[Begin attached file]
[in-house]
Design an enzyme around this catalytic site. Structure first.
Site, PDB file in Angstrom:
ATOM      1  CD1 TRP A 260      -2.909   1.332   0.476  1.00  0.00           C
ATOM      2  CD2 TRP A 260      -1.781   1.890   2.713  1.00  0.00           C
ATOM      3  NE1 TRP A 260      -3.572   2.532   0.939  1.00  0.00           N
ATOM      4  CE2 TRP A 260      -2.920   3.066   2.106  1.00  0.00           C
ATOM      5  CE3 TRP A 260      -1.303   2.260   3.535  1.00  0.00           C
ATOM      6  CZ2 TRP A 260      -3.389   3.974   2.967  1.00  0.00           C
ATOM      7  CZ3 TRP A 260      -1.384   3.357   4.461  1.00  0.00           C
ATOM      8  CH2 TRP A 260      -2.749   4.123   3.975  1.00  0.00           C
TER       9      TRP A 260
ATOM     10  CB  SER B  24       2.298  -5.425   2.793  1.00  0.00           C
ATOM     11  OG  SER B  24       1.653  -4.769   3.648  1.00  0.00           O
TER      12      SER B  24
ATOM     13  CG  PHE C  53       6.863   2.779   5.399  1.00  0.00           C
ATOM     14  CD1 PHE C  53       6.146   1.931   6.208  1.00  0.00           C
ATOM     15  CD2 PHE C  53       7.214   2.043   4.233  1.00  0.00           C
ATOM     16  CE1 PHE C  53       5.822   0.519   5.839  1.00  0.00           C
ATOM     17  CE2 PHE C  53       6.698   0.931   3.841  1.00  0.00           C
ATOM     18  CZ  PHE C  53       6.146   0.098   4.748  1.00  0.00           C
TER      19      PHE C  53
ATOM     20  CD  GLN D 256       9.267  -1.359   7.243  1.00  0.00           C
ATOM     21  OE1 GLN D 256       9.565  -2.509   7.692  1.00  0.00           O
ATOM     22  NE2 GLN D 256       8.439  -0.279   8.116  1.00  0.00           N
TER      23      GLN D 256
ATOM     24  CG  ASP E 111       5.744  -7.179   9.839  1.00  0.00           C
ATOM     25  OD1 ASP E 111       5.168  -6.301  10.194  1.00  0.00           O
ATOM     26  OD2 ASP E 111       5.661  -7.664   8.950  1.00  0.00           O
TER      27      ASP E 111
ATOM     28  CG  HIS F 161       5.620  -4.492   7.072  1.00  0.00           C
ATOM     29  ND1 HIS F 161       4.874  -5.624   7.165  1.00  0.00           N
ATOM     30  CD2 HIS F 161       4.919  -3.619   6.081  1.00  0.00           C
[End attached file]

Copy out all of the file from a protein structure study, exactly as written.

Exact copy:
[in-house]
Design an enzyme around this catalytic site. Structure first.
Site, PDB file in Angstrom:
ATOM      1  CD1 TRP A 260      -2.909   1.332   0.476  1.00  0.00           C
ATOM      2  CD2 TRP A 260      -1.781   1.890   2.713  1.00  0.00           C
ATOM      3  NE1 TRP A 260      -3.572   2.532   0.939  1.00  0.00           N
ATOM      4  CE2 TRP A 260      -2.920   3.066   2.106  1.00  0.00           C
ATOM      5  CE3 TRP A 260      -1.303   2.260   3.535  1.00  0.00           C
ATOM      6  CZ2 TRP A 260      -3.389   3.974   2.967  1.00  0.00           C
ATOM      7  CZ3 TRP A 260      -1.384   3.357   4.461  1.00  0.00           C
ATOM      8  CH2 TRP A 260      -2.749   4.123   3.975  1.00  0.00           C
TER       9      TRP A 260
ATOM     10  CB  SER B  24       2.298  -5.425   2.793  1.00  0.00           C
ATOM     11  OG  SER B  24       1.653  -4.769   3.648  1.00  0.00           O
TER      12      SER B  24
ATOM     13  CG  PHE C  53       6.863   2.779   5.399  1.00  0.00           C
ATOM     14  CD1 PHE C  53       6.146   1.931   6.208  1.00  0.00           C
ATOM     15  CD2 PHE C  53       7.214   2.043   4.233  1.00  0.00           C
ATOM     16  CE1 PHE C  53       5.822   0.519   5.839  1.00  0.00           C
ATOM     17  CE2 PHE C  53       6.698   0.931   3.841  1.00  0.00           C
ATOM     18  CZ  PHE C  53       6.146   0.098   4.748  1.00  0.00           C
TER      19      PHE C  53
ATOM     20  CD  GLN D 256       9.267  -1.359   7.243  1.00  0.00           C
ATOM     21  OE1 GLN D 256       9.565  -2.509   7.692  1.00  0.00           O
ATOM     22  NE2 GLN D 256       8.439  -0.279   8.116  1.00  0.00           N
TER      23      GLN D 256
ATOM     24  CG  ASP E 111       5.744  -7.179   9.839  1.00  0.00           C
ATOM     25  OD1 ASP E 111       5.168  -6.301  10.194  1.00  0.00           O
ATOM     26  OD2 ASP E 111       5.661  -7.664   8.950  1.00  0.00           O
TER      27      ASP E 111
ATOM     28  CG  HIS F 161       5.620  -4.492   7.072  1.00  0.00           C
ATOM     29  ND1 HIS F 161       4.874  -5.624   7.165  1.00  0.00           N
ATOM     30  CD2 HIS F 161       4.919  -3.619   6.081  1.00  0.00           C